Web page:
There are several legitimate reasons for outdoor laser use. Small low-power pointer lasers, like the ones used for presentations, are a popular teaching tool for pointing out constellation patterns in the night sky during star parties. Powerful lasers are used for entertainment and scientific research. The laser light show industry cooperates with the Federal Aviation Administration (FAA) to ensure that aircraft are not harmed by their lasers. Astronomers use powerful outdoor lasers as “guide star lasers” to monitor atmospheric turbulence close to a target they’re observing through a telescope; this is done so that image processing can remove the effects of atmospheric turbulence from the astronomical image. Observatories work within FAA guidelines, and planes are warned in advance to avoid the airspace over those observatories at night.
What does it look like to the pilot?
What a laser beam looks like in the cockpit of an aircraft depends on several factors. Lasers are not like flashlights. The beam of a laser is tight, and diverges at a much smaller rate than that from an ordinary flashlight (although it does diverge). A laser beam that starts just a few tenths of an inch in diameter could be several inches to a few feet in diameter at various distances, depending on the power of the laser and the degree of the beam’s divergence. Color is also an important factor in the visibility of a laser beam – the eyes are most sensitive to green light in the dark. Therefore, a green laser beam will appear brighter than a red laser beam of equal power. Most of the time, when planes are targeted by lasers, pilots see only flashes of the laser beam because it’s difficult for a hand-held laser to point steadily at an object at such a great distance. But helicopters are generally closer to the ground, so it’s sometimes possible to maintain a steady aim on them.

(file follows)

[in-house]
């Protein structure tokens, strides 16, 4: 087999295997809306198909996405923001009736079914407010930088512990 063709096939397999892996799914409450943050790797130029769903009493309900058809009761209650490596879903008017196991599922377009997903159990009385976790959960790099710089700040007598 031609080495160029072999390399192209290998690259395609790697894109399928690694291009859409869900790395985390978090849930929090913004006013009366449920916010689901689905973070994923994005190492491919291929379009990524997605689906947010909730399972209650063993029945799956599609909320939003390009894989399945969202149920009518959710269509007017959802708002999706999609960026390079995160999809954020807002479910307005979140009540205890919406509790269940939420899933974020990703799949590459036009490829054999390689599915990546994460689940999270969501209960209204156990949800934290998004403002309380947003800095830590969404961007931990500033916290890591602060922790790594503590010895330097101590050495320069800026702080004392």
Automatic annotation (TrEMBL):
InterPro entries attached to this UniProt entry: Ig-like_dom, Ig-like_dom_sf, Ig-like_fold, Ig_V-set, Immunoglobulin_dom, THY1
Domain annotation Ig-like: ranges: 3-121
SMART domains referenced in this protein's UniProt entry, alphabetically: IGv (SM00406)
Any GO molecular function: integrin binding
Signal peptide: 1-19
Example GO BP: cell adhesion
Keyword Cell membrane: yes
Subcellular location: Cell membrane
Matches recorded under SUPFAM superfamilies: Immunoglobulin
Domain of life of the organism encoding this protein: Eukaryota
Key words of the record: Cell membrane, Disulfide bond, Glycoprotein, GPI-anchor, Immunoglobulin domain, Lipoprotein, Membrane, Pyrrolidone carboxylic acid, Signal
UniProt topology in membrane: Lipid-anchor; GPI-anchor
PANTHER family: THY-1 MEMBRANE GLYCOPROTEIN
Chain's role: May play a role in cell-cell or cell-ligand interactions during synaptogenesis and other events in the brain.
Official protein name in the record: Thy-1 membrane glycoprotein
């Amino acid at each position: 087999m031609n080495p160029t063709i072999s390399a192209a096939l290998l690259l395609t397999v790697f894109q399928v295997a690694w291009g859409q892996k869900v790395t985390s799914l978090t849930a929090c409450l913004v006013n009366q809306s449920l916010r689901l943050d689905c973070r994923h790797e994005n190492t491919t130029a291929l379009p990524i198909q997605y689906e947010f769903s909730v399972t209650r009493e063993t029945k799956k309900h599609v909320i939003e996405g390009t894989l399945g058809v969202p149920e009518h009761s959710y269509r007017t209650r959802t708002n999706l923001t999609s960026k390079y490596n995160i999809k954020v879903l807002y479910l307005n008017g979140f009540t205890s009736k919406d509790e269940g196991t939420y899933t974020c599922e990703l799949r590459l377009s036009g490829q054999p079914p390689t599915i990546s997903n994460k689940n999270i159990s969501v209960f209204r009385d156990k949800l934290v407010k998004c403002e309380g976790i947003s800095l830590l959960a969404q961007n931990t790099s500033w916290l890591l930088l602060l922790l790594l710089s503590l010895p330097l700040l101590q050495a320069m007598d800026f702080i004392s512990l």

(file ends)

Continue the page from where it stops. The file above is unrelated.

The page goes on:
As part of a government study, a series of simulations were created to demonstrate the effect of a small pointer laser’s illumination on a cockpit. A FAQ by Pangolin Laser Systems reports a case study of a green 5-milliwatt pointer laser by safety experts at Rockwell Laser Industries:
– Between 0 and 52 feet, the laser created a “blink reflex,” which means that the eyelids automatically shut to protect the eyes.
– Temporary “flashblindness” and afterimage, like that experienced from a camera flash, occurred at a distance range of 52 to 262 feet.
– Between 262 and 1,171 feet, the laser caused a glare that partly obscured the pilot’s outside view and affected his or her night vision.
– From 1,171 to 11,712 feet, the laser created a distraction.
– Above 11,712 feet, the laser was either not visible or was indistinguishable from other lights on the ground.
In many cases, the people responsible for so-called laser attacks on aircraft have been unaware of the effect it has on pilots. Although there have been cases of perpetrators out to willfully cause harm, none have been tied to terrorists. Fortunately, to date, there have been no aircraft accidents due to laser beams affecting pilots’ flight operations during critical maneuvers such as landings and take-offs. Whatever the reasons may be for pointing a laser at an aircraft, the potentially dangerous outcomes are driving law enforcement to aggressively crack down on it. Whether a laser beam causes an annoying distraction, disrupts the pilot’s night vision, reflects off the glass to partially obscure the view out the window, or in the most severe case, causes momentary “flashblindness” and afterimages, it can lead to potentially dangerous situations that jeopardize the aircraft and people on the ground.
Shireen Gonzaga is a freelance writer who enjoys writing about natural history. She is also a technical editor at an astronomical observatory where she works on documentation for astronomers. Shireen has many interests and hobbies related to the natural world. She lives in Cockeysville, Maryland.